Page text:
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Family Travel to Black Hills, South Dakota

by Brette Sember, GoGirlfriend contributor

Finding the WOW factor on my home turf

When my family decided to vacation in the Black Hills area of South Dakota, I was not excited. We had traveled to Paris and Ireland the year before and this trip felt a little underwhelming in comparison. Yes, I was acting like a Euro-snob. And I got it completely wrong. The Black Hills has the entire package – stunning natural beauty, historical sites, great shopping and plenty of family fun.

Monumental reasons to visit Black Hills

the famous Mount RushmoreThe Black Hills, a small, isolated mountain range that rises from the Great Plains of North America in western South Dakota, extends into Wyoming and is home to the famous Mount Rushmore. Three million people visit the area a year and although it was on our bucket list, I was having trouble mustering enthusiasm. Wrong again.

The entrance, a grand walkway lined with state flags, opens to the monument that rises demandingly above, overwhelming in size and detail. It’s much taller than we expected and more beautiful as well. We couldn’t help but be inspired by the work that was done here and the reasons behind it. Definitely take the path under the monument for a closer view. And hit up a fellow traveler to take a photo of you and your travel companions in front of the monument.

the Black Hills Mountain RangeWe also visited the Crazy Horse Memorial, which isn’t yet completed but the face and outline of the famous chief’s arm are clearly visible. The visitors center is open to help understand what the finished product will look like and why we should care about this Native American who famously said, “My lands are where my dead lie buried,” and refused to sign any treaties with the American government. The site houses an impressive museum of Native American arts as well as an extensive gift shop. Stay for the laser show but be prepared to be a little bewildered at the odd veer into patriotism while honoring a man who refused to cooperate with the government.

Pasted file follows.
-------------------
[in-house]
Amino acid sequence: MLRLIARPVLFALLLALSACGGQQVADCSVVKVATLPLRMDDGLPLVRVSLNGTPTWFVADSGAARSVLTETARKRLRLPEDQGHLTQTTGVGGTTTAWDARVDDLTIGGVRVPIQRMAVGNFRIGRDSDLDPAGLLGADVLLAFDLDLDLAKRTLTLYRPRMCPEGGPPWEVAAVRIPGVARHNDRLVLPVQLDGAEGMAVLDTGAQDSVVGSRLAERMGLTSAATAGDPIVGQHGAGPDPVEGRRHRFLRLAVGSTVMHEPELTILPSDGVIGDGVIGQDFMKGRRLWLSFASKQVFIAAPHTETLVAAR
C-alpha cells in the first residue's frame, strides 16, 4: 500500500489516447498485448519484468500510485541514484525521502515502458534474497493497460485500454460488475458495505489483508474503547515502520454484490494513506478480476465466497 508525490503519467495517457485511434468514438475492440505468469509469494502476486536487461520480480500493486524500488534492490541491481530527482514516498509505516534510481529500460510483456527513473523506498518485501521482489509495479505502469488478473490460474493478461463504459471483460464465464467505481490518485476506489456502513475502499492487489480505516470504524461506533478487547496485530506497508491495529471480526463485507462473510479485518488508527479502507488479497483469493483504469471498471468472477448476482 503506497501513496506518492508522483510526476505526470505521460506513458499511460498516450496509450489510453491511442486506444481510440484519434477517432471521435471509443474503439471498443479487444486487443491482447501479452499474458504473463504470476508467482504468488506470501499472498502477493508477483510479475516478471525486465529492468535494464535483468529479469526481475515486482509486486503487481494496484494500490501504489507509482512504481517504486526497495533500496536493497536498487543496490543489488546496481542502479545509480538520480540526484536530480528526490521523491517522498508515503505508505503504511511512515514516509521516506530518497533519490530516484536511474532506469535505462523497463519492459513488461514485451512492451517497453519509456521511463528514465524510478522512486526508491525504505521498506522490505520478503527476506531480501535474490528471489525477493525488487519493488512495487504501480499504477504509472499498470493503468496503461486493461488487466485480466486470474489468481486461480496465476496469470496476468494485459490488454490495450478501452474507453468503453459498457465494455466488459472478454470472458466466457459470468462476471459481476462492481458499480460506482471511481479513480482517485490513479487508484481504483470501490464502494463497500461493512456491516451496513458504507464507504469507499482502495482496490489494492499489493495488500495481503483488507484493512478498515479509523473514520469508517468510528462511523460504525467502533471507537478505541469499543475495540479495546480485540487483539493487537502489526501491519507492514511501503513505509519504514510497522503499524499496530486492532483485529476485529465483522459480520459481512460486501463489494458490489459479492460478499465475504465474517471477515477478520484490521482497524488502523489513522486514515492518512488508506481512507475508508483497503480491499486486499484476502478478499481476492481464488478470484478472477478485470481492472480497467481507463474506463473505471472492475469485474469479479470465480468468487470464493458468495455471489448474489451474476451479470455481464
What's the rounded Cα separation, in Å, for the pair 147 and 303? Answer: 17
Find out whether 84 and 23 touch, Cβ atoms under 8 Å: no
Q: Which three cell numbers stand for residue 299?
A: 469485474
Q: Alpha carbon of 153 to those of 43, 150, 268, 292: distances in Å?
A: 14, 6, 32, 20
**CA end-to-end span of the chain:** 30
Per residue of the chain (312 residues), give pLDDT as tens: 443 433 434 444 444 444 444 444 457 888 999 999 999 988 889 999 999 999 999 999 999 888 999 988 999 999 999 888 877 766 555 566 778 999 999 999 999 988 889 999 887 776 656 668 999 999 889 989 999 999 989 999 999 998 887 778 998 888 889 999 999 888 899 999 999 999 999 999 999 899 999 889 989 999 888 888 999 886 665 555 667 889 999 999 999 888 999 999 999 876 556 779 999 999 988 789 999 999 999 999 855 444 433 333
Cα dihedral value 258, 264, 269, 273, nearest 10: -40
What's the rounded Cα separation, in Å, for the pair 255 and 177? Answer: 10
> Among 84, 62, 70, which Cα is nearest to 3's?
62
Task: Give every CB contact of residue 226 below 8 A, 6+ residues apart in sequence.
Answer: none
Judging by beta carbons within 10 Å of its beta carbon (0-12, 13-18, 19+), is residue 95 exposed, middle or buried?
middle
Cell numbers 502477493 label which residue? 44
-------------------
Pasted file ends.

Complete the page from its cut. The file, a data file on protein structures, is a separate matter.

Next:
Awed by the natural beauty of Black Hills

State Game Lodge in Custer State ParkThe Hills truly do appear black, dense with pine trees, and they rise suddenly out of the prairie with great majesty and grace as you approach them. The roads in the area wind through the Hills with all their crevices and hidden beauty – take time to hike and see the interior of this protected forest. It’s a place of deep peace that seeped into my bones as I listened to the stillness.